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Trauma Informed Care

Trauma-Informed Care

Update Fall 2017

In September of 2014, the Healthy By Design Coalition was awarded a tremendous opportunity to focus on becoming a more trauma-informed community. Through a $1.5 million federal grant, several organizations came together to spread awareness and build response. Over the past three years, the DE-STRESS grant has changed the way many organizations think and operate and many new resources have been put in place. At the end of August 2017, grant funding will end, but our journey to address trauma and its affects will very much continue.

Of the many accomplishments of the project, over 2000 social service providers, 1000 health care professionals and 300 educators have received training on the impact of trauma and trauma-informed care. Training will continue to be offered through over 20 Super Trainers, who are now equipped and trained to provide on-going training to the community.

Other components of the project that will continue to support our community include various marketing campaign materials including printed materials and a custom webpage (hbdyc.org/ace), a robust directory of local resources (Montana211.org), a student based mental health clinic established at Walla Walla University – Billings Campus, and a more efficient process for processing home visits for newborns.

At the end of September, a final report will be available along with a document that captures the many resources and key contacts for moving elements of this work forward. Trauma-Informed Care work will continue to be coordinated by Nathan Stahley and those interested in engaging in workgroups in this area should email nathan.sta@riverstonehealth.org to learn more.

Overview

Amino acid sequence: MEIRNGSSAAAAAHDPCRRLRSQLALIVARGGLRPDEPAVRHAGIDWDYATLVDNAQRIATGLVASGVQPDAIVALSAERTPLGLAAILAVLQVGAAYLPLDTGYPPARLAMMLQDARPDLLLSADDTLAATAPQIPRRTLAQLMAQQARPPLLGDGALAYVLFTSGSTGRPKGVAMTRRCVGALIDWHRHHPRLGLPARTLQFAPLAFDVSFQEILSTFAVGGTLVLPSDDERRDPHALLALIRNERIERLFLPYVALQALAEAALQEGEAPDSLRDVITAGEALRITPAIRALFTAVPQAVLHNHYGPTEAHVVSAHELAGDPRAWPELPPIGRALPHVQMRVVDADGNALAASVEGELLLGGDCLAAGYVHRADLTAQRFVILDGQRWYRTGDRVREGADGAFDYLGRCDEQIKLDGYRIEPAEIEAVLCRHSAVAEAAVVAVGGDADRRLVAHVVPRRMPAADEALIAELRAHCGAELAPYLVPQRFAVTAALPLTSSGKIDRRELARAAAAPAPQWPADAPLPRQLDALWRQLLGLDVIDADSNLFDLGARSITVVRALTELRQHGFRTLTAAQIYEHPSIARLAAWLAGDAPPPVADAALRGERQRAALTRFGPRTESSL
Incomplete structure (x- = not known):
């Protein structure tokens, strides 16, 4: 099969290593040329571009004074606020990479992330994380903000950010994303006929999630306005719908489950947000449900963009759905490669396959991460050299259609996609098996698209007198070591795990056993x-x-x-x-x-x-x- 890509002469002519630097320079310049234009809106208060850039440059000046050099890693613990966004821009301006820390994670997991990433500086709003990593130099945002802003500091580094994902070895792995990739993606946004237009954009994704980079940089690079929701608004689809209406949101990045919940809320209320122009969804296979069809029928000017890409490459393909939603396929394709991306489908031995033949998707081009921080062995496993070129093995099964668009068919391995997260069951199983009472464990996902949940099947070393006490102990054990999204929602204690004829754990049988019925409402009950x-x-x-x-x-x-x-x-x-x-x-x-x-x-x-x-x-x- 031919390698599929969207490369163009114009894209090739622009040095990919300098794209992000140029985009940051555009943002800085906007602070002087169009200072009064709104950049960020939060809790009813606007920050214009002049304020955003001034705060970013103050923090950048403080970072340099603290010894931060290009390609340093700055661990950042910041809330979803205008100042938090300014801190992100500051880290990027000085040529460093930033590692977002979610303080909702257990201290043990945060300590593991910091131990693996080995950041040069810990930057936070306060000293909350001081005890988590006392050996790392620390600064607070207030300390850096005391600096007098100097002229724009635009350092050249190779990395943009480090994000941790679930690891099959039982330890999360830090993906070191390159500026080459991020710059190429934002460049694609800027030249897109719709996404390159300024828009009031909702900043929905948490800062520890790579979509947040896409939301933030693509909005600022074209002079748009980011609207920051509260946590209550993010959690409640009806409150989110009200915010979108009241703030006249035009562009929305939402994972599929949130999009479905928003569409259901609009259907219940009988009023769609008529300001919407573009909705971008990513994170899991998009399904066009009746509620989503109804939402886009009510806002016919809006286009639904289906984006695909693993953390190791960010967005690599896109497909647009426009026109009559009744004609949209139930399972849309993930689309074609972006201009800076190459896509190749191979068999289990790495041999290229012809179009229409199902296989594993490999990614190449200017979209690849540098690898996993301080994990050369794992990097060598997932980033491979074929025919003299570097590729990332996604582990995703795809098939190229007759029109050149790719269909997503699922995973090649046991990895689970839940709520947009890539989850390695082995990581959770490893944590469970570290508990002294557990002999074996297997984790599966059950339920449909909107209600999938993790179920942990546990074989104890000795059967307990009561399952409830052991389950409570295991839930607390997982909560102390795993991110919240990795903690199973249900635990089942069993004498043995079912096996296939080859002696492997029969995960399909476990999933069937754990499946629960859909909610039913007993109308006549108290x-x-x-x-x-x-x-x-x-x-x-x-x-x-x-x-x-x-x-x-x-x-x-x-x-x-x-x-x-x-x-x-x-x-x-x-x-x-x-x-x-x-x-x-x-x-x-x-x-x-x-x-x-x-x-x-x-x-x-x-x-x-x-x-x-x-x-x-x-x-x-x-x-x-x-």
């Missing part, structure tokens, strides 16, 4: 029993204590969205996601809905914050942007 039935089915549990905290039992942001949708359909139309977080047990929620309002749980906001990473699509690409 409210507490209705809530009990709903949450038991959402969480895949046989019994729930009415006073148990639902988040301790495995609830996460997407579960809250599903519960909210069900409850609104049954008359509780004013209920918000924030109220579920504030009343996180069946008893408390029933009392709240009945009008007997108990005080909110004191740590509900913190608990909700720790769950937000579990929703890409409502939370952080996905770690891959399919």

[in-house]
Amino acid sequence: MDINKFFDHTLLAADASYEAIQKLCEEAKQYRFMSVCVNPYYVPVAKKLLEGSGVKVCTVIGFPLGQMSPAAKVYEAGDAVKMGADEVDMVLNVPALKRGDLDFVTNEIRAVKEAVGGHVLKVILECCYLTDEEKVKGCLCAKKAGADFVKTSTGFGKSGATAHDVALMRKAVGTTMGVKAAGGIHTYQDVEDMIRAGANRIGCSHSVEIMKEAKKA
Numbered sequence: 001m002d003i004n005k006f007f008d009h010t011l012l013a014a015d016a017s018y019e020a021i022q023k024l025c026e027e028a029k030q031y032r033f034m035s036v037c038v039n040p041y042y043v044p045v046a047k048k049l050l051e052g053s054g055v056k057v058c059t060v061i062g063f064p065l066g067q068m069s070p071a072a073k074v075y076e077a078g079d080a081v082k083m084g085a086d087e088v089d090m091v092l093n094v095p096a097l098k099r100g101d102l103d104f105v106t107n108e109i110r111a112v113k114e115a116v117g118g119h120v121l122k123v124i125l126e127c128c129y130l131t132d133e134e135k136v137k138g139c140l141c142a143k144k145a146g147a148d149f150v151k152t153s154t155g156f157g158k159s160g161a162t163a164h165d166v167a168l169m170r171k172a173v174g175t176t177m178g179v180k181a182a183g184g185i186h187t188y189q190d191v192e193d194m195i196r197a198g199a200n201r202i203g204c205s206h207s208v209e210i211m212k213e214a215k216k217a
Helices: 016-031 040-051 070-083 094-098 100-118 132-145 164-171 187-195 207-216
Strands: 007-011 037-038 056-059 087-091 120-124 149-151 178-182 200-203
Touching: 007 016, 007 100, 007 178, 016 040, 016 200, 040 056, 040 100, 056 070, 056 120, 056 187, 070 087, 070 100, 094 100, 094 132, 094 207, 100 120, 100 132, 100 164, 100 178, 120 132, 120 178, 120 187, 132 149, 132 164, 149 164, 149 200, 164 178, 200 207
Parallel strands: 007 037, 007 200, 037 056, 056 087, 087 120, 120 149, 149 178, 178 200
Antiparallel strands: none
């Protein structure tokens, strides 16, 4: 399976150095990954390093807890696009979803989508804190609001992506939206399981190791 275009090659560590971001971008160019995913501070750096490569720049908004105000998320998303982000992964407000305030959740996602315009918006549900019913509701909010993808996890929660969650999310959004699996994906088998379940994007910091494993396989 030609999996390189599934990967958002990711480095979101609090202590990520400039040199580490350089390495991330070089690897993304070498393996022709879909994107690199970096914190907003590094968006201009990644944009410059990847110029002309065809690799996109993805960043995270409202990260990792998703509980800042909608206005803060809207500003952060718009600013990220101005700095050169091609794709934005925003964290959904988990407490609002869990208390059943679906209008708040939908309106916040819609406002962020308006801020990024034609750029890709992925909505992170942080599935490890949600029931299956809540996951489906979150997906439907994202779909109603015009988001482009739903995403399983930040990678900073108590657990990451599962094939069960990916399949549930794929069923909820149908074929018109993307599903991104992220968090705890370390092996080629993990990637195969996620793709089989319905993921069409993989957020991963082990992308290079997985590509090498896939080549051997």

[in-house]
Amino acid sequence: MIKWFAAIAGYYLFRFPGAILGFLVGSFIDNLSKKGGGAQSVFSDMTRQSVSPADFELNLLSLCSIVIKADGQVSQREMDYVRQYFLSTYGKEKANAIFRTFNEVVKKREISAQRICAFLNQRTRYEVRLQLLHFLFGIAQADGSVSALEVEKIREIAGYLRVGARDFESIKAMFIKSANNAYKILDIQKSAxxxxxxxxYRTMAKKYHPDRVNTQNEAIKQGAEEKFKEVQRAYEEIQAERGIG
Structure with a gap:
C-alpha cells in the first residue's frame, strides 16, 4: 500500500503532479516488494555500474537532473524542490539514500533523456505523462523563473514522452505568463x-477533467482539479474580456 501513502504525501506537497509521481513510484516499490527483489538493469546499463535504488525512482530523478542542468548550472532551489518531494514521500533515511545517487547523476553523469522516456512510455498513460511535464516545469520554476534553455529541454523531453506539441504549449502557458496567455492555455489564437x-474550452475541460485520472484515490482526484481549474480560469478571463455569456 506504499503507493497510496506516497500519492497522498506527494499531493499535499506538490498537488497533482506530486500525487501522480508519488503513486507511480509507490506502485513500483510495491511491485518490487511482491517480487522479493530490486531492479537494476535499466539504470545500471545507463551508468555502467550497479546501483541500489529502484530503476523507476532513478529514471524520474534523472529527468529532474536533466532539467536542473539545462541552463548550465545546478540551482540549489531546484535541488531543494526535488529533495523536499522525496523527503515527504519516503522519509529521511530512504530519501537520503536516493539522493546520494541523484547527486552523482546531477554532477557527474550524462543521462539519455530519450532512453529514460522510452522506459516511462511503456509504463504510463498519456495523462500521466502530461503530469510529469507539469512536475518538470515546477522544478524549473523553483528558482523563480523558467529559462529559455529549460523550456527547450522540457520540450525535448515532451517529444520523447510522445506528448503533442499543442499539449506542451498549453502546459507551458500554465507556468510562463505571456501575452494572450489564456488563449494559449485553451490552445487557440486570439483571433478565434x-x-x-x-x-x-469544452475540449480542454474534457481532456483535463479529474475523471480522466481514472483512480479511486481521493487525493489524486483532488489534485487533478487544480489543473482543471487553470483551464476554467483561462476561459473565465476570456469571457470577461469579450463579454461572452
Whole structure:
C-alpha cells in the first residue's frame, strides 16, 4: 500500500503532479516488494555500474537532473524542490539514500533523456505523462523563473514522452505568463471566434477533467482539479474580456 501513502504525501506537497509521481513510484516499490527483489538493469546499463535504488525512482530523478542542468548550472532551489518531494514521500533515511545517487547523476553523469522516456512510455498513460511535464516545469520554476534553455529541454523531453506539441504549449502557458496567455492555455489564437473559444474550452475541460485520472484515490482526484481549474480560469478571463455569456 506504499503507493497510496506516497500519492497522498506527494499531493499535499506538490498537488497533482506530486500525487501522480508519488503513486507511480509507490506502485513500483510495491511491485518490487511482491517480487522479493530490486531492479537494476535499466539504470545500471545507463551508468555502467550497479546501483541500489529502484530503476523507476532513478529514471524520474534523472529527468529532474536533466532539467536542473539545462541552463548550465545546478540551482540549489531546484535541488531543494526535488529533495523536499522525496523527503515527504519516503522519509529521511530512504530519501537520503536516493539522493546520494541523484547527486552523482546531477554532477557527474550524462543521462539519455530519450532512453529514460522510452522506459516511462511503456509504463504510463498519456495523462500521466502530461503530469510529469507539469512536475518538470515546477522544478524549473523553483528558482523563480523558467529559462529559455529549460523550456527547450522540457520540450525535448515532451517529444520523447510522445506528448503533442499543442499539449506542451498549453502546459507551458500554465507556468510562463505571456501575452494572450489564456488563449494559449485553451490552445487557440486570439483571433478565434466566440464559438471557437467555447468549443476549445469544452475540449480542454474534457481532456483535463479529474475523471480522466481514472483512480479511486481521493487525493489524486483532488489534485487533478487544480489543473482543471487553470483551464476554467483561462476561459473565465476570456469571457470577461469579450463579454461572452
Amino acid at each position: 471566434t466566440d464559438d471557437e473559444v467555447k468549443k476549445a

To truly improve community mental health and reduce substance abuse, we must better understand how the exposure to trauma – abuse, neglect, household dysfunction – affects individuals. We are working to create a trauma-informed community that is better prepared and has adequate resources to respond to behavioral health needs of individuals.

The Adverse Childhood Experience (ACE) study examined associations between childhood maltreatment and adult health and well-being. It concluded that ACEs may lead to social and cognitive impairment, and subsequent adoption of potential high risk behaviors, disease, disability, social problems, and early death. Trauma-Informed Care is an approach to providing services that take in consideration the social history of the clients, patients and customers we serve. By raising awareness of the impact of ACEs and engaging our community in a trauma-informed response, we hope to create safe and empathetic environments for healing.

With a funding secured through the Office of the Assistant Secretary of Health (OASH), health care, social service and education partners across the community are working on the Development of Systems for Trauma-Response Education and Supportive Solutions (DE-STRESS). The DE-STRESS grant project has engaged local partners to create trainings introducing key trauma-informed concepts as well as to teach trauma-response skills. Other components include a mindfulness class program for healthcare providers, an organizational assessment toolkit, a local mental health clinic for low-income participants, mental health resource directory via Montana211, and Universal Home Visiting Referral.

Want to receive a trauma-informed care training for your organization or group?

As part of current grant funding, we are able to offer training to local groups. Depending on your current knowledge on the topic we can provide an introductory 101 training, a profession specific 201 training focused on trauma-response skill building, the final option is to engage a team in a 301 organizational assessment.